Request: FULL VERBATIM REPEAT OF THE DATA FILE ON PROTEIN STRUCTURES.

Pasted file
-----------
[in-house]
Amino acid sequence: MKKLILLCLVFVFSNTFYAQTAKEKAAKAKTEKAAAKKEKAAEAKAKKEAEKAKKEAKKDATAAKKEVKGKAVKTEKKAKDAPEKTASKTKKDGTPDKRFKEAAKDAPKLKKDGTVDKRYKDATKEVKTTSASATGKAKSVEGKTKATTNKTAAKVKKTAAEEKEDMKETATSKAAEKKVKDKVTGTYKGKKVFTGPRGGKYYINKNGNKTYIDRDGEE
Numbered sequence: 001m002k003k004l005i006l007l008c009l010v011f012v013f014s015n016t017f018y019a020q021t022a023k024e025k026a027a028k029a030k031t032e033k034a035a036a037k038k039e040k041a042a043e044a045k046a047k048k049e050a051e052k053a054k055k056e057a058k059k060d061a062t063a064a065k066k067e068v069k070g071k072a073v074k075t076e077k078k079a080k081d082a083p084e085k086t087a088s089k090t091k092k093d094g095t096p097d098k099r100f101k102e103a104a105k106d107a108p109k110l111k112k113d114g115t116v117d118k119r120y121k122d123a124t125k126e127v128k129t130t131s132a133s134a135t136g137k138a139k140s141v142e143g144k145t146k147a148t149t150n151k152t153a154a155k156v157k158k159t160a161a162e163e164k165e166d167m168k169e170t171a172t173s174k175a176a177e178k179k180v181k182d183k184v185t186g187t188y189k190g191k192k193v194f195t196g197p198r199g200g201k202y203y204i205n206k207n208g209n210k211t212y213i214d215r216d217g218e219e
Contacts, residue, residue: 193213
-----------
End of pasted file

[in-house]
Amino acid sequence: MKKLILLCLVFVFSNTFYAQTAKEKAAKAKTEKAAAKKEKAAEAKAKKEAEKAKKEAKKDATAAKKEVKGKAVKTEKKAKDAPEKTASKTKKDGTPDKRFKEAAKDAPKLKKDGTVDKRYKDATKEVKTTSASATGKAKSVEGKTKATTNKTAAKVKKTAAEEKEDMKETATSKAAEKKVKDKVTGTYKGKKVFTGPRGGKYYINKNGNKTYIDRDGEE
Numbered sequence: 001m002k003k004l005i006l007l008c009l010v011f012v013f014s015n016t017f018y019a020q021t022a023k024e025k026a027a028k029a030k031t032e033k034a035a036a037k038k039e040k041a042a043e044a045k046a047k048k049e050a051e052k053a054k055k056e057a058k059k060d061a062t063a064a065k066k067e068v069k070g071k072a073v074k075t076e077k078k079a080k081d082a083p084e085k086t087a088s089k090t091k092k093d094g095t096p097d098k099r100f101k102e103a104a105k106d107a108p109k110l111k112k113d114g115t116v117d118k119r120y121k122d123a124t125k126e127v128k129t130t131s132a133s134a135t136g137k138a139k140s141v142e143g144k145t146k147a148t149t150n151k152t153a154a155k156v157k158k159t160a161a162e163e164k165e166d167m168k169e170t171a172t173s174k175a176a177e178k179k180v181k182d183k184v185t186g187t188y189k190g191k192k193v194f195t196g197p198r199g200g201k202y203y204i205n206k207n208g209n210k211t212y213i214d215r216d217g218e219e
Contacts, residue, residue: 193213